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Blogs > Ira Chernus's MythicAmerica > Here's What Is New in Our Latest Fight with China

Nov 11, 2015 3:14 pm


Here's What Is New in Our Latest Fight with China

tags: China, myth, Spratley Islands



MythicAmerica explores the mythic dimension of American political culture, past, present, and future. The blogger, Ira Chernus, is Professor of Religious Studies at the University of Colorado at Boulder and author of Apocalypse Management: Eisenhower and the Discourse of National Insecurity

You may not recall that a United States Navy warship recently took a brief cruise past the Spratly Islands in the South China Sea, to show that the U.S. disputes China’s claim to the islands. You may not have heard about it at all. Though top leaders of both nations are still talking about it -- and talking tough, suggesting that the the incident may presage future conflict -- the news came and went here in the U.S just as quickly as the USS Lassen’s trip past the islands itself.  Now it’s largely forgotten. Who know what’s going on in those islands? And who really cares?

It all reminds me of one of my earliest political memories: John F. Kennedy and Richard Nixon, in the 1960 presidential campaign, vigorously debating about U.S. policy toward Quemoy and Matsu, two tiny islands off the coast of China. I didn’t know what was going on in those islands. I suspect most Americans didn’t really know either.

But we all knew why they mattered: They had become the latest symbolic battleground in the Manichaean struggle we called the cold war. We had a simple mythic framework of good versus evil to make sense out of every disputed spot in the world, no matter how obscure or unimportant the place itself.

The Spratly Islands are just as much terra incognita now, for most Americans, as Quemoy and Matsu were 55 years ago. But when we turn to our mass media to find out why the Spratly Islands matter, we don’t find the story told with the same rigid moral dualism. Maybe that’s why the story could come and go so quickly.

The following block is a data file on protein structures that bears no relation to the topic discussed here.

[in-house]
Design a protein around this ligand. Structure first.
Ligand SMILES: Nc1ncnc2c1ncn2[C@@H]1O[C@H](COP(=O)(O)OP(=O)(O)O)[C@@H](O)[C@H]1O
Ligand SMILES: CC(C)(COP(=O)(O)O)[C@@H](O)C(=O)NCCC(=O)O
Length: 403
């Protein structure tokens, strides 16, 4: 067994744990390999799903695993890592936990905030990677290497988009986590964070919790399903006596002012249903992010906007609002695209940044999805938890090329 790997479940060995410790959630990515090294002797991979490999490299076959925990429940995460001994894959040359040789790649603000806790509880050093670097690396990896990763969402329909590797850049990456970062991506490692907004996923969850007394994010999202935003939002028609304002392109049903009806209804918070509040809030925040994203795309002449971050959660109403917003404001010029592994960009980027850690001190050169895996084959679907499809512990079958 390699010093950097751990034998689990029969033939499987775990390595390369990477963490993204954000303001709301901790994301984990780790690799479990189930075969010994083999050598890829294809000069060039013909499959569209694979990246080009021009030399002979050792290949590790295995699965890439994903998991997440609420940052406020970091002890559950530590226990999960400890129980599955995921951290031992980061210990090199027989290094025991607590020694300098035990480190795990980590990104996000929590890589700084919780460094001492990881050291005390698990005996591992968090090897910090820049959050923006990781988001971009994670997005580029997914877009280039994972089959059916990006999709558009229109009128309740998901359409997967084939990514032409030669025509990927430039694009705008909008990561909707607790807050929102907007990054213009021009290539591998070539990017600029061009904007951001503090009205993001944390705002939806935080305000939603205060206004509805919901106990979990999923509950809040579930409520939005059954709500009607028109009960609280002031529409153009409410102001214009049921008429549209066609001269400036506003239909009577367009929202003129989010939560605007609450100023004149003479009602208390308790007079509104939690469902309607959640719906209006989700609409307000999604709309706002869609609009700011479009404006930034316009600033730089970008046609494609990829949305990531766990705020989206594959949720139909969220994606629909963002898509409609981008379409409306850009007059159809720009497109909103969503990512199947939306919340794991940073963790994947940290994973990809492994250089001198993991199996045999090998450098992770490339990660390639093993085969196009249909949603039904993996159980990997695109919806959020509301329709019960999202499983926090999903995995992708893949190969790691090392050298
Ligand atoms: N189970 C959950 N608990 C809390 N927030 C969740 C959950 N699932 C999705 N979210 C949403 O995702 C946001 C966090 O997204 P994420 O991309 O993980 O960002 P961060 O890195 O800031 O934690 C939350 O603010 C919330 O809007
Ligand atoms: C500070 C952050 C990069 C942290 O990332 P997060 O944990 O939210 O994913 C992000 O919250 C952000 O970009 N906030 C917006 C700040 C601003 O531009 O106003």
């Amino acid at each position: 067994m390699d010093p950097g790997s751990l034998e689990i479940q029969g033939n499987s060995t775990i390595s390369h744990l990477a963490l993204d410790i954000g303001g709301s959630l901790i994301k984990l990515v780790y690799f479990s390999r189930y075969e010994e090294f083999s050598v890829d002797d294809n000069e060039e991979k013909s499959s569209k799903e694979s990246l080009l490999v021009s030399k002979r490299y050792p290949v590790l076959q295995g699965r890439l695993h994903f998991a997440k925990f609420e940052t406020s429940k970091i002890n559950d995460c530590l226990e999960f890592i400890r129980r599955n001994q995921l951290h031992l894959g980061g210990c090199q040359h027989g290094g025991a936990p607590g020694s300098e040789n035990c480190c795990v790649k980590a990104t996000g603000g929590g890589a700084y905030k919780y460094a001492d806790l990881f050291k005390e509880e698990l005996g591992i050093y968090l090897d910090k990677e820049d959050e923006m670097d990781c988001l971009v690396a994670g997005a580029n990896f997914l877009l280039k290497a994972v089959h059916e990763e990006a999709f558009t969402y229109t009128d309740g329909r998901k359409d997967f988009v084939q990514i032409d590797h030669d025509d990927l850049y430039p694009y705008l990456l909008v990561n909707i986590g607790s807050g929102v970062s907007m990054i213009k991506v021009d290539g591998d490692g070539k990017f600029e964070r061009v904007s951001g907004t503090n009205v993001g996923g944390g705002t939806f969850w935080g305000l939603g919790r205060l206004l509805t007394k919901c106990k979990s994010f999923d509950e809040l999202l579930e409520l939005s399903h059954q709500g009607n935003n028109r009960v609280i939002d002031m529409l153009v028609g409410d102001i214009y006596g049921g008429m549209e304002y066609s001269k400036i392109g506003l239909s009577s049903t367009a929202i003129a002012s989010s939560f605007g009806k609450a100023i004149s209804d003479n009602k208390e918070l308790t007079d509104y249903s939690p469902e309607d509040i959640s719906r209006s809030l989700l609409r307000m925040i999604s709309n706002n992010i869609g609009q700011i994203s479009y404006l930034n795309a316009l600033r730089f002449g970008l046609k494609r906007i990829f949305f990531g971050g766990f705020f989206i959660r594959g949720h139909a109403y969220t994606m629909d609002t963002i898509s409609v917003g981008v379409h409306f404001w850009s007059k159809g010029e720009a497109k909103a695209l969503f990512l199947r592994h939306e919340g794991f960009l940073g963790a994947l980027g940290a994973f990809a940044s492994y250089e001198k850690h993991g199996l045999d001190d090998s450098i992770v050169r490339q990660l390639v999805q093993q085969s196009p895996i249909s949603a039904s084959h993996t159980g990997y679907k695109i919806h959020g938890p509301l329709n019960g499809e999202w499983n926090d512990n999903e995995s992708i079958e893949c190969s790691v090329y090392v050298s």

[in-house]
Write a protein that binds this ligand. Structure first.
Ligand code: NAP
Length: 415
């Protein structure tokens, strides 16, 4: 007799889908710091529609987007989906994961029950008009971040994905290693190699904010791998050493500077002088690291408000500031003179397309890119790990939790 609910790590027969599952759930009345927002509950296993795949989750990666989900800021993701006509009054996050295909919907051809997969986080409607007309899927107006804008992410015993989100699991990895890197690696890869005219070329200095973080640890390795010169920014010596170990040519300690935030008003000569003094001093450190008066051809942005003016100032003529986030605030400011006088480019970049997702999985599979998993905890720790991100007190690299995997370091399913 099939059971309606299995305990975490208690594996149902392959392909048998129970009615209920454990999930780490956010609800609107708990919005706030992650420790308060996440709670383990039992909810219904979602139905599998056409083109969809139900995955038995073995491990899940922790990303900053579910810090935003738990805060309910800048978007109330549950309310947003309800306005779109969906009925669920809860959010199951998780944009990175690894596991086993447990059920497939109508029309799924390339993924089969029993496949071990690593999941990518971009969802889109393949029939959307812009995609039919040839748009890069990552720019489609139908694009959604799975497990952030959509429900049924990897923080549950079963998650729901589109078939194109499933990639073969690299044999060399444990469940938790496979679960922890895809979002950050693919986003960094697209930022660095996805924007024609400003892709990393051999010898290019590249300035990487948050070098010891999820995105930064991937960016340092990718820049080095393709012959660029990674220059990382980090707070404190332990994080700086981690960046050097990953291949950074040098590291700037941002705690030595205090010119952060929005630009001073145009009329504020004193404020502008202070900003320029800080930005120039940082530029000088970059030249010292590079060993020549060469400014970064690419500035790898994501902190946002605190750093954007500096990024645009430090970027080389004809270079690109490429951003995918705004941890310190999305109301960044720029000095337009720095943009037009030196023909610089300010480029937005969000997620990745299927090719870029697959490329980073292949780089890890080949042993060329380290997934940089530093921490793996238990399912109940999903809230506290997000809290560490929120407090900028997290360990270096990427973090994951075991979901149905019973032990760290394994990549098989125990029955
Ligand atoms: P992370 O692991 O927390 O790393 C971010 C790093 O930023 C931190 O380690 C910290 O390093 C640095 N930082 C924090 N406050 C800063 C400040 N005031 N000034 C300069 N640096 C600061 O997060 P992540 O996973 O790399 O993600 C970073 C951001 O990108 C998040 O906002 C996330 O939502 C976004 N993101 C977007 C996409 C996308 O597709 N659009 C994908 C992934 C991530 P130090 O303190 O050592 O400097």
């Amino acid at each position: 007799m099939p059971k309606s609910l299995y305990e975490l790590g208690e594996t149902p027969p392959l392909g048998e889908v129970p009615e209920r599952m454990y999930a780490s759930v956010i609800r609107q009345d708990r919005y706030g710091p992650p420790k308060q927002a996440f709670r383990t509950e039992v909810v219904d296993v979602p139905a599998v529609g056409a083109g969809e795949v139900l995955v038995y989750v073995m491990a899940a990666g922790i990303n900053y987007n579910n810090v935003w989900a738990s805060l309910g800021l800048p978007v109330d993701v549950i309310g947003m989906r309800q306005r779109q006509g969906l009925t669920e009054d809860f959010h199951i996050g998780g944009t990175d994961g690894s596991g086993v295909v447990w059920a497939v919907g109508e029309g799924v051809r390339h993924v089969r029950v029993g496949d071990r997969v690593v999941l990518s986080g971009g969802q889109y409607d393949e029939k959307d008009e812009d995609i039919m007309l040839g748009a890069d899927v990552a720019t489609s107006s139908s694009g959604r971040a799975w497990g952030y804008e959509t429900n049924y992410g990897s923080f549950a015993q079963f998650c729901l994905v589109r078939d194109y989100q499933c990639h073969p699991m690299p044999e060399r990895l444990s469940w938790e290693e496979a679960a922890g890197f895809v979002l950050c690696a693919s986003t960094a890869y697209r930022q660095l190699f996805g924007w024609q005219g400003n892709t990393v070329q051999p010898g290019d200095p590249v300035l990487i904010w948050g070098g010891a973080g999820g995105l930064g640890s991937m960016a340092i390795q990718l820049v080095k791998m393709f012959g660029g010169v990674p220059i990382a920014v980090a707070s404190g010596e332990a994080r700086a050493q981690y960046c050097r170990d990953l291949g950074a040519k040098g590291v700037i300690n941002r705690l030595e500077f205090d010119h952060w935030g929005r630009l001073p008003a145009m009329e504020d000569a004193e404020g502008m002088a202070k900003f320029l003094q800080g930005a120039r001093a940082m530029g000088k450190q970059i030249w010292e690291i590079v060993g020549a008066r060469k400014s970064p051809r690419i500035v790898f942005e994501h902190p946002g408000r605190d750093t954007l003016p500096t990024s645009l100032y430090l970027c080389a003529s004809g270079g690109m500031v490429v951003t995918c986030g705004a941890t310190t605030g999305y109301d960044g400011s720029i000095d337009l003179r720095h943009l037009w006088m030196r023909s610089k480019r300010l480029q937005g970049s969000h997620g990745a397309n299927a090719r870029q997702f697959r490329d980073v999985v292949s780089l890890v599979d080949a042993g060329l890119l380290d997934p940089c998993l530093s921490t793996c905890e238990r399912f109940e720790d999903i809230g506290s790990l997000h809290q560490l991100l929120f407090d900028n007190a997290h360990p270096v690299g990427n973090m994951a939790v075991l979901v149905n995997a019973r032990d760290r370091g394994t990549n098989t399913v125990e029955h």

Certainly America and its allies in the region remain the good guys in the tale. There is a consensus that we and the world face danger from Chinese “expansionism.” But exactly why is that dangerous? The old bogeyman of “global communism” no longer works as an answer; the fact that the Chinese government is, at least officially, communist now often goes unmentioned. The old cold war tone of absolute good versus absolute evil has been softened considerably.

In fact it is easy enough to conclude, from U.S. mass media reports, that the Spratly Islands conflict is essentially an old-fashioned geopolitcal struggle between two great powers. It’s easy to get the impression that the U.S. is defending its status as the world’s Number One superpower. The U.S. response sounds much like a boxing world champion facing a tough young challenger for the title. The champ works out very publicly, sending frequent PR releases and taunting jibes from the training camp, just to make sure the challenger knows who is still Number One.